To start playing smart golf takes getting familiar with your strengths and weaknesses. Then ideally when you check out for a round of golf, the strategy you use on the course should include playing to your strengths and trying to avoid your weaknesses. Everyone game has different strengths and weaknesses so please dont just do what your friend does. You need to learn your game and stick to it. There are a million different ways to get around a golf course, you need to find the most secure way you can make that happen.
How is this done?
From this day forwards, instead of just writing your score for a particular hole, give yourself more information about that number. It surprises me how much golfer’s neglect taking stats during or after a round of golf considering how easy it is to do. Stats will draw out how the day went on the golf course and what needs attention.
What was the best part of my game today?
How many feet in putts did I make?
If I improved one part of my game, what would that be?
What was my best and worst shot today?
There is an unlimited number of questions you can begin to ask yourself once you have quantifiable data in front of you.
After 10-20 rounds, you will begin to see a pattern form of averages. Asking these questions to yourself is the first major step to improving your scores. This will give you an idea of your strength and weaknesses. Once you have established an average for your results you can check them alongside with some of your favorite pros.
Now, if you are going to take stats I would recommend taking the stats that will actually have value. When most golfers think stats today, they are quick to just write down their fairways, greens in regulations, and how many putts they had per round. These are okay, but will not give you and solid information to go off.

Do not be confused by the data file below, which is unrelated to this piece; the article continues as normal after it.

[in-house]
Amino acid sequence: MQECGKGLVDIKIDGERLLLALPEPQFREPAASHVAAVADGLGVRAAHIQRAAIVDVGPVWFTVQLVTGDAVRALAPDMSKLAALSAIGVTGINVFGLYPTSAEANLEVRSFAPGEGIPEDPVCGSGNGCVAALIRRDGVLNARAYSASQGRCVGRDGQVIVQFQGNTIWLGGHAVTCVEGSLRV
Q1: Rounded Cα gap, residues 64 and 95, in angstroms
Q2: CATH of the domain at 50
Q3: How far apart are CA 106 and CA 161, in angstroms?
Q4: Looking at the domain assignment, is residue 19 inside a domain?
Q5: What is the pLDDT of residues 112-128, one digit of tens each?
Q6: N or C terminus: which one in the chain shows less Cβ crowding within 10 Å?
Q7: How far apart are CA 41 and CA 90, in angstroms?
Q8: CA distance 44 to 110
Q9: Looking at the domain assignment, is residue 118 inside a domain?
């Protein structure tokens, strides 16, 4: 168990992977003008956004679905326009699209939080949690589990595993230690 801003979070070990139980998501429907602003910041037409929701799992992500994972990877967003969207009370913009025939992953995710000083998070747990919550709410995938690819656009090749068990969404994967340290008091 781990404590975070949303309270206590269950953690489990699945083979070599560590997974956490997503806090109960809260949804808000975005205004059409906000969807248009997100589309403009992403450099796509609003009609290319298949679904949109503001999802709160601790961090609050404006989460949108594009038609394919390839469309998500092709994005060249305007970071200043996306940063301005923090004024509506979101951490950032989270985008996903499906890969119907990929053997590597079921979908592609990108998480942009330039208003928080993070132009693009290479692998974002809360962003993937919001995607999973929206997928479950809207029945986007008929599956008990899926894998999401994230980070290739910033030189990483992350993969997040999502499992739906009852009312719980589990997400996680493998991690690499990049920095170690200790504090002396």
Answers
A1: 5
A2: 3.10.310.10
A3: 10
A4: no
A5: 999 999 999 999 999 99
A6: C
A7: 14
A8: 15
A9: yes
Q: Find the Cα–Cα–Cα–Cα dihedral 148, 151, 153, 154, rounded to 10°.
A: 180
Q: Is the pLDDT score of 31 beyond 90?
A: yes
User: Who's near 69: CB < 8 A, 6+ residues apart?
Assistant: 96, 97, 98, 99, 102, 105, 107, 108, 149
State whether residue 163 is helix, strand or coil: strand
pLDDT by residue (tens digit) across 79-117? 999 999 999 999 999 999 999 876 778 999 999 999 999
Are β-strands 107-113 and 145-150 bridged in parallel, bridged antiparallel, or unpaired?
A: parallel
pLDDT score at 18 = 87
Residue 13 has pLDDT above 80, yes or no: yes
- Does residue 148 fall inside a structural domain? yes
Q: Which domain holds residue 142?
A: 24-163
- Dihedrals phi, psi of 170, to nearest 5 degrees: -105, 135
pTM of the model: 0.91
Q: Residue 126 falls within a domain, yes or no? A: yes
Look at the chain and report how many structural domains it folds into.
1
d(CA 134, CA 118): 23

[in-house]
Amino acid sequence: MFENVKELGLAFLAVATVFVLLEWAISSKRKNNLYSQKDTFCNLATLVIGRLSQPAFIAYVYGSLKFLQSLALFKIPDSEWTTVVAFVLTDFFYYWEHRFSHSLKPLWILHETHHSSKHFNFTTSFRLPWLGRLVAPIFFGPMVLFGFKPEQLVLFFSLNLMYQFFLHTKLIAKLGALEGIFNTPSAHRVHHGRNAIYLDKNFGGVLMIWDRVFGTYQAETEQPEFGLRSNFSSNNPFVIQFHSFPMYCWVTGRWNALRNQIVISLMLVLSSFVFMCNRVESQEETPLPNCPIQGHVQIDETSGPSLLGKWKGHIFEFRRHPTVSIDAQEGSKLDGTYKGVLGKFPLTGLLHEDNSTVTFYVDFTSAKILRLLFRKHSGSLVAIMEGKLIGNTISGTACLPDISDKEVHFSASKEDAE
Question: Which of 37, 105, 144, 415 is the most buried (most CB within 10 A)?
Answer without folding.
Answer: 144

If you want to take your stats to the next level I would suggest gathering strokes gained statistics. This is like NEW AGE stats that will basically give you a specific value for each shot you hit. In order to effectively measure strokes gained you will need to get into the habit of writing down every shot you hit.
On Hole 1, lets say you make par on a 420 yard par 4. You want to write down every shot you hit on that hole with the starting distance and the lie you found yourself on. Write down everything in yards except for on the (G) Green where you write your distance in feet.
(T) Tee box, (F) Fairway, (R) Rough, (S) San Trap, (X) Recovery shot, (G) Putting Green.
Shot 1: 420 - T
Shot 2: 130 - F
Shot 3: 30 - G
Shot 4: 3 - G
How this reads is you started hole 1 on the tee box 420 yards away from the hole. Your first shot landed in the fairway and you had 130 yards for your second shot. Your second shot was a decent shot and landed on the green 30 feet away from the hole. You made a nice first putt from 30 feet to have 3 feet left for par and you made it.
Here is an example of a scorecard you can take to the course to gather strokes gained.
Your Front 9 holes complete!
Once you gather enough data on your game your data will average out and you will have a fingerprint to your game.
This sounds simple, but most golfers don’t take the time to collect this information and so their results suffer. Once you start to get an sense of your game, you can begin to practice on your weaknesses. The stronger you can make your weaknesses the better golfer you become.
After you have all this data you want to organize and keep track of it in the GolfInRed strokes gained golfing system.